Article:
Verifying Software with Timers and Clocks (STACs)
This blog post is coauthored by Dionisio de Niz.
Software with timers and clocks (STACs) exchange clock values to set timers and perform computation. STACs are key elements of safety-critical systems that make up the infrastructure of our daily lives. They are particularly used to control systems that interact (and must be synchronized) with the physical world. Examples include avionics systems, medical devices, cars, cell phones, and other devices that rely on software not only to produce the right output, but also to produce it at the correct time. An airbag, for example, must deploy as intended, but just as importantly, it must deploy at the right time. Thus, when STACs fail to operate as intended in the safety-critical systems that rely on them, the result can be significant harm or loss of life. Within the Department of Defense (DoD), STACs are used widely, ranging from real-time thread schedulers to controllers for missiles, fighter planes, and aircraft carriers. This blog post presents exploratory research to formally verify safety properties of sequential and concurrent STACs at the source-code level.
The Challenges of Formal Verification
The operating system (OS), which manages different resources, different threads, and different processes, is at the heart of all software. The OS relies on a scheduler for allocating the appropriate amount of processor time to all these threads (i.e., tasks). We are concerned here with real-time threads, i.e., those with periodically executing jobs that have hard deadlines. Processor time is a scarce resource that must be allocated properly so that every job completes by its deadline.
For real-time systems, the thread scheduler is critical and must be correct, not only in scheduling the threads correctly but also in ensuring that they are scheduled at the right time. In particular, these tasks are relegated to a class of thread schedulers that are also doing time enforcement, which is also known as budget enforcement. These thread schedulers ensure that a certain thread does not receive more processor time than needed, a critical function. For example, in an automobile, if the thread scheduler in a vehicle's system allocates too much processor time to the cruise control software, the electronic stability control software might fail to prevent the car from understeering (not turning fast enough) in a curve.
The goal of this research is to verify real-time enforcers, or timing enforcers, exhaustively in a mathematically formal way. More importantly, we want to do this verification at the source code level. For example, given C source code for a scheduler or enforcer, we want to prove that it schedules the threads correctly (e.g., respecting priorities) but also that it performs timing budget enforcement at the right time (i.e., stopping a thread just before it exceeds its allotted processor time).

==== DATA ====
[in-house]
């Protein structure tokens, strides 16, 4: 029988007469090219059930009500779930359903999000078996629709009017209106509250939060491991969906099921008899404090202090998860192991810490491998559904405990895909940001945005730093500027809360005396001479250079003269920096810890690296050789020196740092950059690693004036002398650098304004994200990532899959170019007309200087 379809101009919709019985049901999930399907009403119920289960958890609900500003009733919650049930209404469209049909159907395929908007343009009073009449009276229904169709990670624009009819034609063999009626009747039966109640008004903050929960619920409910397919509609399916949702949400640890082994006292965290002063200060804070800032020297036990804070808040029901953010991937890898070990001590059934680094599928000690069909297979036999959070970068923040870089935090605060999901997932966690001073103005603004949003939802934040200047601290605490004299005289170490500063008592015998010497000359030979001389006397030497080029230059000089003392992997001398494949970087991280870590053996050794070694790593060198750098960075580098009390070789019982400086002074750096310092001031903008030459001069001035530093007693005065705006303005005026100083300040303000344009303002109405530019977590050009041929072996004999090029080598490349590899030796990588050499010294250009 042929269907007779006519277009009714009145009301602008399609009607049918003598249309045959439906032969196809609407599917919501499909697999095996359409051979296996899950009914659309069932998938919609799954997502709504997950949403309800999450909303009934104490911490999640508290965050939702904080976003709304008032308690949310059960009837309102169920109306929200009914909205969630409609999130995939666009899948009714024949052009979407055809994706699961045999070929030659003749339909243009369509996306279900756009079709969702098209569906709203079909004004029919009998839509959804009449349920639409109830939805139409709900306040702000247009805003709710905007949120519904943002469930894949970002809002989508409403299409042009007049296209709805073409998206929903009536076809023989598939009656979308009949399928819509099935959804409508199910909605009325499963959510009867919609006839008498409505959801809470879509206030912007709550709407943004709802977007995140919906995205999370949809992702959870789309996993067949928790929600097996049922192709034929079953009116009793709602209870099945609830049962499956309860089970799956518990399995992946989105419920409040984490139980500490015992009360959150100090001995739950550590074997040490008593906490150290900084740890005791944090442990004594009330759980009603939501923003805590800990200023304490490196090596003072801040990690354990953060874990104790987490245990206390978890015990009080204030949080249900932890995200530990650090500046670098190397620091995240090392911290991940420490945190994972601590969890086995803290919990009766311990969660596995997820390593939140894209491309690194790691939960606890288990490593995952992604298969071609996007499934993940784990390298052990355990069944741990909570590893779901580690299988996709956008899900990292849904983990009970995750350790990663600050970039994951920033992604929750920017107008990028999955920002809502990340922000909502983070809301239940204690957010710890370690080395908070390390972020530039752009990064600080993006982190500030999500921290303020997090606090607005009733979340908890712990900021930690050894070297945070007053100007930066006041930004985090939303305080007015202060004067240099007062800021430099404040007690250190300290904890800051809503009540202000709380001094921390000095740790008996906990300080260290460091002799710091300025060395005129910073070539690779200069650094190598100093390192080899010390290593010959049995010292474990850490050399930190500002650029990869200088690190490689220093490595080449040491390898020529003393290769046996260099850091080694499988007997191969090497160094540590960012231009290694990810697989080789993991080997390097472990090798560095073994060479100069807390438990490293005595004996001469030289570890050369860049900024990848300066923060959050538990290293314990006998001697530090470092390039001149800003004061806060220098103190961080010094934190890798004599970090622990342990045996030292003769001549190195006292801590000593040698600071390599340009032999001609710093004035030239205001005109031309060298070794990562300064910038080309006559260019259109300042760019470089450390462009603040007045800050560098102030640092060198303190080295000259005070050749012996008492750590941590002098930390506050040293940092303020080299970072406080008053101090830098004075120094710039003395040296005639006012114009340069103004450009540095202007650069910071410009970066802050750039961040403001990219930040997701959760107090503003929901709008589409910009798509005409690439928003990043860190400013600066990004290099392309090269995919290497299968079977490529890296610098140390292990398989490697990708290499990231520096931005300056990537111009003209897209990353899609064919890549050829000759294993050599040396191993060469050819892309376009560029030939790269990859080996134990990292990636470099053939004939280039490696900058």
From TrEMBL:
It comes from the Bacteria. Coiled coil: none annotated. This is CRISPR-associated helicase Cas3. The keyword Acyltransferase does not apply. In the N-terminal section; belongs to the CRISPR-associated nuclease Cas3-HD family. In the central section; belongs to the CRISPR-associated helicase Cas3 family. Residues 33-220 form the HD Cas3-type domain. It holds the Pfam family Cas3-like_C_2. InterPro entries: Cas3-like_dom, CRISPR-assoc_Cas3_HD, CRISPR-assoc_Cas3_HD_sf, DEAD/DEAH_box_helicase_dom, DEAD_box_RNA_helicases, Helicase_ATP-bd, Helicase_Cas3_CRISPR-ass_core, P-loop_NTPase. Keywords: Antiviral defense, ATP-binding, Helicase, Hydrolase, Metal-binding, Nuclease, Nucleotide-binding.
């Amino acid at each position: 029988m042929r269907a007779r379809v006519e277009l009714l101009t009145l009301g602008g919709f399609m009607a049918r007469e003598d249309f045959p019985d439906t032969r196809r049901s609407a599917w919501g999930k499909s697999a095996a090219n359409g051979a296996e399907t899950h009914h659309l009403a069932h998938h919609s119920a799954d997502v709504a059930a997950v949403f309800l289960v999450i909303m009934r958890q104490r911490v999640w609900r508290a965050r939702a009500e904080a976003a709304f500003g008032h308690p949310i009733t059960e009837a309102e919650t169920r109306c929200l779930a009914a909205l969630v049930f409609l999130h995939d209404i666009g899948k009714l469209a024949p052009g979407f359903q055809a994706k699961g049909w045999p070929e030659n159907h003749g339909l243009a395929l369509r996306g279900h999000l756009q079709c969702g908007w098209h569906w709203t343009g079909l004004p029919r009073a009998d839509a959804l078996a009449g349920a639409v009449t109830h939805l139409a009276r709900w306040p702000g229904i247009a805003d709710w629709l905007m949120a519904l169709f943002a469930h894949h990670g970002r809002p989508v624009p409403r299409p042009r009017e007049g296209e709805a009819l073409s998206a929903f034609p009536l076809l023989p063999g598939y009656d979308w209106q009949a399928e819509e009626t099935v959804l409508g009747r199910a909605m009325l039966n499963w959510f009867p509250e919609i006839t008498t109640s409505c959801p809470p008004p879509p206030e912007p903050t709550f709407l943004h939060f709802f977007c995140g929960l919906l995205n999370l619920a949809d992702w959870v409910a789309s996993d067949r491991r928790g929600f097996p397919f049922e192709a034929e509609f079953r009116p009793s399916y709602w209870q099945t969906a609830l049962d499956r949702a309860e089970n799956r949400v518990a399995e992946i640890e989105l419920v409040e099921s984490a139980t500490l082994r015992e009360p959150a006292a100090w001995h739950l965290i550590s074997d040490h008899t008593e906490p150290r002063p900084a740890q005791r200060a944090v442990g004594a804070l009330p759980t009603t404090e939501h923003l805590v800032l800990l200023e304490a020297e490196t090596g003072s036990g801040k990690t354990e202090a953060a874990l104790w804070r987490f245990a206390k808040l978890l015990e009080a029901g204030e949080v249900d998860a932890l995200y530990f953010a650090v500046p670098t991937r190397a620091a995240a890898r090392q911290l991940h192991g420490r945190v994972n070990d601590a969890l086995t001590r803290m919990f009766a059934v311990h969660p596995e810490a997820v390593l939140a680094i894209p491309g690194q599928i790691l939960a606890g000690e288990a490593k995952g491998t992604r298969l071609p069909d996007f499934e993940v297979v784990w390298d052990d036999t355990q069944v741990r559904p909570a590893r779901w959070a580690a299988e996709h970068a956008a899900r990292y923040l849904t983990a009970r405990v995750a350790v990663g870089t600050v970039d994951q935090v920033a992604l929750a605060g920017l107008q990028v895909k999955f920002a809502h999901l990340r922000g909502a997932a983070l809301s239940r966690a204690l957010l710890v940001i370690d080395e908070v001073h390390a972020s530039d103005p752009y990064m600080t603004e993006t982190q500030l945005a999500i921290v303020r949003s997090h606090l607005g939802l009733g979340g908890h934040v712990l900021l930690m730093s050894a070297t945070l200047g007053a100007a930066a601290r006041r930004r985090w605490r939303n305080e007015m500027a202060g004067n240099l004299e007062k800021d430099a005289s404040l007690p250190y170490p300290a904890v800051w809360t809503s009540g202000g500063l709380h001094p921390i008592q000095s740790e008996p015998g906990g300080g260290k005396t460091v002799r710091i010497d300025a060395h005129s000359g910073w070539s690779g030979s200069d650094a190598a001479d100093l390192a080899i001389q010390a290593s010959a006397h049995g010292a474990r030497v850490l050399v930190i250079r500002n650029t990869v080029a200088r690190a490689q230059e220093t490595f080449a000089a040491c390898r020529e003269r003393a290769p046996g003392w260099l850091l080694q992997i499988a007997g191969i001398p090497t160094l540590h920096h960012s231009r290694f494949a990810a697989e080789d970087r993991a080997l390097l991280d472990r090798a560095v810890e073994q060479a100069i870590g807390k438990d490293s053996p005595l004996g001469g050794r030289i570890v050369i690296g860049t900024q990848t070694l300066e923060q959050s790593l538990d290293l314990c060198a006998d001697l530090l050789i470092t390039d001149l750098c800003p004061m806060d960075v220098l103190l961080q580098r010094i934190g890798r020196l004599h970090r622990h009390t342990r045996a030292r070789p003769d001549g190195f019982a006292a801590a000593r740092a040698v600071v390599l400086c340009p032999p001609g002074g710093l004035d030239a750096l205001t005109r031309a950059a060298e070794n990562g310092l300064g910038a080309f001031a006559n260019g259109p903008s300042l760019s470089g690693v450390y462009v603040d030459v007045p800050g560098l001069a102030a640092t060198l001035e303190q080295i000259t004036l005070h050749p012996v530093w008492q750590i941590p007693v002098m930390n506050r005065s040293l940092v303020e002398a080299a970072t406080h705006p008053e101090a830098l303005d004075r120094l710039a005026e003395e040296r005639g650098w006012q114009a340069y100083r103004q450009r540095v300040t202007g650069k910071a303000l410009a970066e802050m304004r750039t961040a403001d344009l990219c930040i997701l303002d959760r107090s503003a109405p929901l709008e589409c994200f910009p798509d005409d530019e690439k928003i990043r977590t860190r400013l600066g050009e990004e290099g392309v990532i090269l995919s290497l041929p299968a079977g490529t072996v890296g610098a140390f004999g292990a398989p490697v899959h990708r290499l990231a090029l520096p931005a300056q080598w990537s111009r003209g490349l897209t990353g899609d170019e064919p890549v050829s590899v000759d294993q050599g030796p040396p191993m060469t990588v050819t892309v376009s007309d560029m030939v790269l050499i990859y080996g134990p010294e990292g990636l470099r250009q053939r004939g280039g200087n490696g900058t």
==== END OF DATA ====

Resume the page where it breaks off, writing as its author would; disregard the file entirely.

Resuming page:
As outlined in our recently published paper, Contract-Based Verification of Timing Enforcers, several factors complicate STACs verification:
- The semantics of STACs involve time. Timers and clocks are implemented by an OS subsystem that tracks time using special hardware (e.g., High Precision Event Timer and the time-stamp counters). The behavior of this subsystem must therefore be modeled soundly.
- STACs can behave incorrectly. Due to numeric overflows, STACs can violate monotonicity of timestamps maintained in variables with finite domain types, such as int.
- STACs use pointers and memory operations substantially since they are often high-performance system software. For example, a scheduler typically maintains active threads as a linked list, which is dynamically updated as threads are created and destroyed. Verifying correctness of pointer-manipulating programs is known to be challenging for software verification tools.
While there have been previous efforts, these efforts have been restricted mainly to models (e.g., using timed automata and associated model checkers, such as UPPAAL.) Our goal with this research is to verify STAC systems at the source-code level, thereby reducing the semantic gap between what is verified and what is executed.
To verify systems at the source-code level, the scheduler essentially relies on timers. In single-processor systems, when the application threads are running, the OS by default cannot run. A separate timer mechanism in hardware must ensure that the thread is stopped, and the OS is given back control.
Through our research, we are working to ensure that these timers are being used correctly, which can be complicated for many reasons: